Teen Father/Defendant Remains in Custody, but Judge May Grant Pre-Trial Release under Strict Conditions

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By Esha Kher

WOODLAND, CA – Teen defendant Dominic Caesar—in high school and the father of a six-month-old child—was sent back into custody late last week by Yolo County Superior Court Judge Samuel McAdam, but the judge said he may grant pre-trial release to the youth this week if he agreed to a strict, multi-prong structure of conditions.

Caesar is in custody for his alleged connection to a double shooting that occurred on March 24. The dispute leading up to the shooting began one day earlier as a result of a car crash caused by a violent fight between Caesar and his girlfriend in the car, according to the prosecution.

The district attorney’s facts noted that the crash spilled over into a family feud the next day for determining who would pay for the car damages, and ultimately led to verbal and physical disputes between multiple family members of the defendant and the girlfriend—where weapons were drawn and a gun was discharged, injuring two people.

During the rehearing, Deputy District Attorney Vita Mandala made efforts to meet the burden of evidence necessary to show that Caesar was the one who possessed and discharged the gun by direct examining the detectives and verifying the accuracy of the facts of the case.

Deputy Public Defender Andrea Pelochino cross-examined lead detective Nvard Avagyan, questioning the investigation.

Upon being questioned about the gunshot residue tests, Avagyan said “no” when Pelochino asked “as a lead detective you did not direct your Crime Scene investigator to take a gunshot residue test at the hospital on the victims, correct?”

Pelochino also asked Avagyan about the discrepancies between what Caesar’s mom reported and what another witness related in their statements, and whether a follow up questioning regarding some of those discrepancies was conducted. To that Avagyan said, “No, I have not had a chance to.”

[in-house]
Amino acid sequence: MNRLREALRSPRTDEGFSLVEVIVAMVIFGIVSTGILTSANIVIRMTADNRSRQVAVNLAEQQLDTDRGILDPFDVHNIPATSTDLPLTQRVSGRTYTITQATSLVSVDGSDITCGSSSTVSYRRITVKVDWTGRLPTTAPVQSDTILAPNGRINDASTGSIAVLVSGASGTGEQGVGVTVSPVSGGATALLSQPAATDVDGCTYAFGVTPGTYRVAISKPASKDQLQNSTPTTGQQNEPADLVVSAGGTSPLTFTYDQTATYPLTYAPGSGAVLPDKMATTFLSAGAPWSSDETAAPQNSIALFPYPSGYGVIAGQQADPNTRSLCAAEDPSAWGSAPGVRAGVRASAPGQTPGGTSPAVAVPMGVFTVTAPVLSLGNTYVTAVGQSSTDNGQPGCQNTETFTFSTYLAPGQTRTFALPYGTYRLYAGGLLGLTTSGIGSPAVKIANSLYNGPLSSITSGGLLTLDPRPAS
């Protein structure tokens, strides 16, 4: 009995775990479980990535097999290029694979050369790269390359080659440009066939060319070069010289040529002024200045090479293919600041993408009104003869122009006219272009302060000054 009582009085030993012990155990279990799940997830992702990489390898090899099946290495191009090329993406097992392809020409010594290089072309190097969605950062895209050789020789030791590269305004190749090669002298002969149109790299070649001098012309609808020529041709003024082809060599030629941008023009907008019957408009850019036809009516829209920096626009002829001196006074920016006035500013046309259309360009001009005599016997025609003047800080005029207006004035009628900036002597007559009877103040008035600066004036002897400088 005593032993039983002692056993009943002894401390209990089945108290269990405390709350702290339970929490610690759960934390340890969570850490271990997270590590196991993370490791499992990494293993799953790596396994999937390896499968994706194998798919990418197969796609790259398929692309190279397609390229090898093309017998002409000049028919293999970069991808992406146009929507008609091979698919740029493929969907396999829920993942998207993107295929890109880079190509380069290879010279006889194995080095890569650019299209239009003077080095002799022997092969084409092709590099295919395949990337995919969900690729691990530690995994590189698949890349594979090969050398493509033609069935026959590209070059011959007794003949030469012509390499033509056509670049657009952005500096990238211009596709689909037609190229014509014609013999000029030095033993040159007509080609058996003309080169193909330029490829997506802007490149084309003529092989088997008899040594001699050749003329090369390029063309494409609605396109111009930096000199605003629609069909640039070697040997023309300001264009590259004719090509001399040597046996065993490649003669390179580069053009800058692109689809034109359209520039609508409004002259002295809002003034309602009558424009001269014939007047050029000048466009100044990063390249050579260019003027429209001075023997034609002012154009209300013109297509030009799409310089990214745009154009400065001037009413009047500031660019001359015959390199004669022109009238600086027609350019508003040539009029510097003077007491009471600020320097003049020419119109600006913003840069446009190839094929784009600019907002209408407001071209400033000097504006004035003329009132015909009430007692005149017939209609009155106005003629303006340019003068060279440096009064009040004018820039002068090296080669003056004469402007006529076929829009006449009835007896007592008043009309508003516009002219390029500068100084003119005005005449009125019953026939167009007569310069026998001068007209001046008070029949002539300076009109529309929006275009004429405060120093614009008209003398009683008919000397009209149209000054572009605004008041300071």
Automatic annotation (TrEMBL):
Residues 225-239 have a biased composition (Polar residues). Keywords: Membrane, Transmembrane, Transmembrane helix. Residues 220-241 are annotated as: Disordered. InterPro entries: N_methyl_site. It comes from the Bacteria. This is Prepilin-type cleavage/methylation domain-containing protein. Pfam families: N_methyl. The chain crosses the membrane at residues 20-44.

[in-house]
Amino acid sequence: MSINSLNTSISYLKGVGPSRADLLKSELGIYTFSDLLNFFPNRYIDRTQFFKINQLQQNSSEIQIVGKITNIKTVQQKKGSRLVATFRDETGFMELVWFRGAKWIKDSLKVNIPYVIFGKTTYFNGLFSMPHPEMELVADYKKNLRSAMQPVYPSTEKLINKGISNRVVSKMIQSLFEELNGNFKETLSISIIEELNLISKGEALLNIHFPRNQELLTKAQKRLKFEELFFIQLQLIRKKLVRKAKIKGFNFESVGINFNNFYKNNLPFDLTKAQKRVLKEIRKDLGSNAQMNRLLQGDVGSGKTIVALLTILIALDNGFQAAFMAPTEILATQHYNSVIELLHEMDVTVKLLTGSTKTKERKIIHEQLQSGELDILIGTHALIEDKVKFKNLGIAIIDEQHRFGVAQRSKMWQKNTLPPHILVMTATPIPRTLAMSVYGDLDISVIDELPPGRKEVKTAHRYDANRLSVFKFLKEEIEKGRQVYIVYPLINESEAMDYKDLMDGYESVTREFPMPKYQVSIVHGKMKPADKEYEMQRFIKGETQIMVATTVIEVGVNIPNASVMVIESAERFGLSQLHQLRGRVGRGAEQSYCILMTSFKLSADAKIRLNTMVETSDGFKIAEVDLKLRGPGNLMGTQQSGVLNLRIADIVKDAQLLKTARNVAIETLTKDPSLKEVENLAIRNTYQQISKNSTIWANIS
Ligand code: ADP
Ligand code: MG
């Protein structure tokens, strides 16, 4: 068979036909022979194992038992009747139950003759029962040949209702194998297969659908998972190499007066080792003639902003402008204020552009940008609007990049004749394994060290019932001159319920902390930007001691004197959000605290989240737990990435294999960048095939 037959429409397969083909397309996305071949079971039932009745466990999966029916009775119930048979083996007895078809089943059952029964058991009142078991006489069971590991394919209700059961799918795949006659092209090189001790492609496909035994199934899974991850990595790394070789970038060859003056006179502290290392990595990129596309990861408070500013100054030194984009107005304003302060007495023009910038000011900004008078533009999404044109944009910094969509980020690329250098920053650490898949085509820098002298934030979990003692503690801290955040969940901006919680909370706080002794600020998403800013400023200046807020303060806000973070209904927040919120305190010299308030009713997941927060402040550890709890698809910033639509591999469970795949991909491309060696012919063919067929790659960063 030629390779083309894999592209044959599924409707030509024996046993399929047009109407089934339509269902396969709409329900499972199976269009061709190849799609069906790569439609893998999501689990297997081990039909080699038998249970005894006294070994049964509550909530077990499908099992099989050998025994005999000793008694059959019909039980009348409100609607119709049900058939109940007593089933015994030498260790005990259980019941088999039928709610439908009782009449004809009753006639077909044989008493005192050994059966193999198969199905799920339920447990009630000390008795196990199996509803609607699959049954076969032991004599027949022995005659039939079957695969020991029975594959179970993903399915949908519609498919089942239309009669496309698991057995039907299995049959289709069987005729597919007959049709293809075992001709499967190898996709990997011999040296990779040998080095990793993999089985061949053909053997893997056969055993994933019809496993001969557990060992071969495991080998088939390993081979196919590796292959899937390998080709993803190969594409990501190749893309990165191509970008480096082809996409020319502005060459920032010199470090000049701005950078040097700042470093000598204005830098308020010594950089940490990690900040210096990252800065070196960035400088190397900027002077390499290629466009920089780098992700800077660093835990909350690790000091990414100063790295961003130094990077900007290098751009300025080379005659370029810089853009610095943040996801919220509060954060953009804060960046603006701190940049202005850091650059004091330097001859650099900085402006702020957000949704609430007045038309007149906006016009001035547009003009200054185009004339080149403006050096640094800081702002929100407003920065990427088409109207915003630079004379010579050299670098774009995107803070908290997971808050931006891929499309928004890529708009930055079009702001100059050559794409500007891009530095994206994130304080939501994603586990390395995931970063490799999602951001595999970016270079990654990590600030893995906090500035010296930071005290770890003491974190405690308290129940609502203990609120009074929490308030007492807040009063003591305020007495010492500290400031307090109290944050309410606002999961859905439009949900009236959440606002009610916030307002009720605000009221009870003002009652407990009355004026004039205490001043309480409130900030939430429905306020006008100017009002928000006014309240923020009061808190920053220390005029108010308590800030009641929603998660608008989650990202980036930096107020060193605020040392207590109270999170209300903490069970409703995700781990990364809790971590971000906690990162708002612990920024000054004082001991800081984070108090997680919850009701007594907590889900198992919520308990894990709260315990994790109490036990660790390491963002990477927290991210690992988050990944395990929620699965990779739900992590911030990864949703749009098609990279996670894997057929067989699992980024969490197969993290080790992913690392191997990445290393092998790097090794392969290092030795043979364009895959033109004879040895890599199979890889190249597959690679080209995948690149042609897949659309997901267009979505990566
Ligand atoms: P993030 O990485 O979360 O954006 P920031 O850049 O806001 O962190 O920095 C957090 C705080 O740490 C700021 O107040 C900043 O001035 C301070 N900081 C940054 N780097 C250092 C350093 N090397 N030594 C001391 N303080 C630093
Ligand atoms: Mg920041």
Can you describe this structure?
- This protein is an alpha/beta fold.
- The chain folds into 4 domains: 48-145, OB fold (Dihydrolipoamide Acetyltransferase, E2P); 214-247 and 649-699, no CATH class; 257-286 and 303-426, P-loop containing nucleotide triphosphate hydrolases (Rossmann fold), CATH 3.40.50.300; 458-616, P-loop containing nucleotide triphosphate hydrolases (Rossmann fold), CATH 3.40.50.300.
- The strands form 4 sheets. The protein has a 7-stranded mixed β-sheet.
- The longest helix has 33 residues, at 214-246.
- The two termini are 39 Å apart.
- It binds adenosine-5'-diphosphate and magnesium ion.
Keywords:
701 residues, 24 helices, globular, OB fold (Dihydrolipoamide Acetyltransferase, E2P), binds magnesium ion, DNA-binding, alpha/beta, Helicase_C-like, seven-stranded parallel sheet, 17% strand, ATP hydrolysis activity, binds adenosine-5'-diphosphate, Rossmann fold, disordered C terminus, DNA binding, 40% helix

The next witness testifying was Probation Officer Ana Gastelum. While Pelochino tried to indicate Caesar’s good behavior in juvenile hall and counseling, and his upward trend in academic performance and attendance, DDA Mandala elicited analysis by the PO that the defendant is not doing that well.

“He was lagging behind on credits. He should be a senior, but his transcripts reflect tenth grade, showing a huge concern,” Gastelum said.

Gastelum also noted the youth’s disregard for public safety as a concern and the family dynamics of the situation where “it doesn’t just involve Dominic but involves his mom, sister, and grandmother; in addition, the department got calls from the Sacramento County Child Protection Services about concerns related” to where the gun was found, and “when the minor would be released.”

Mandala also asked about the flight risks after a potential release, arguing that even though Caesar’s mother said he’s not a runaway child, “the police report said he ran from the police and hid from them when they were looking for him.”

Gastelum also said that the victim of the incident also had safety concerns if the defendant were to be released—her suggestion is that he should be kept in custody.

Judge McAdam ordered detention due to public safety concerns, unresolved conflict between the two parties, and the safety concerns of the two injured parties.

However, the judge said he would consider release with a structure of having the defendant stay with his paternal grandfather, upon a clear determination of the custody of the defendant’s six-month-old child including the role of both parents and plan of contact with the child.

The judge also set as a precondition for release and staying with his grandfather a life schedule, meaning that it includes what hours he will be going to work, what hours are dedicated to school, and what hours to counseling.

In addition to these conditions, the judge also hinged the release on proper curfew, GPS tracking, and a stay-away order. This includes restrictive contact with his own family and strict supervision by his paternal grandfather.

“Dominic is 17, needs to be a good dad, needs to be a loving and successful father. The adults created horrible situations. And Dominic just made the mistake of possessing the gun and discharging it, it was a mistake, but the whole thing was mostly set up by the adults,” said the judge.

The detention rehearing will be resumed next week on April 7.

Esha Kher is an undergraduate student at UC Davis studying Political Science and Computer Science hoping to pursue a career in corporate law. She is passionate about legal journalism and political advocacy that provokes new perspectives and sparks conversation among the public.


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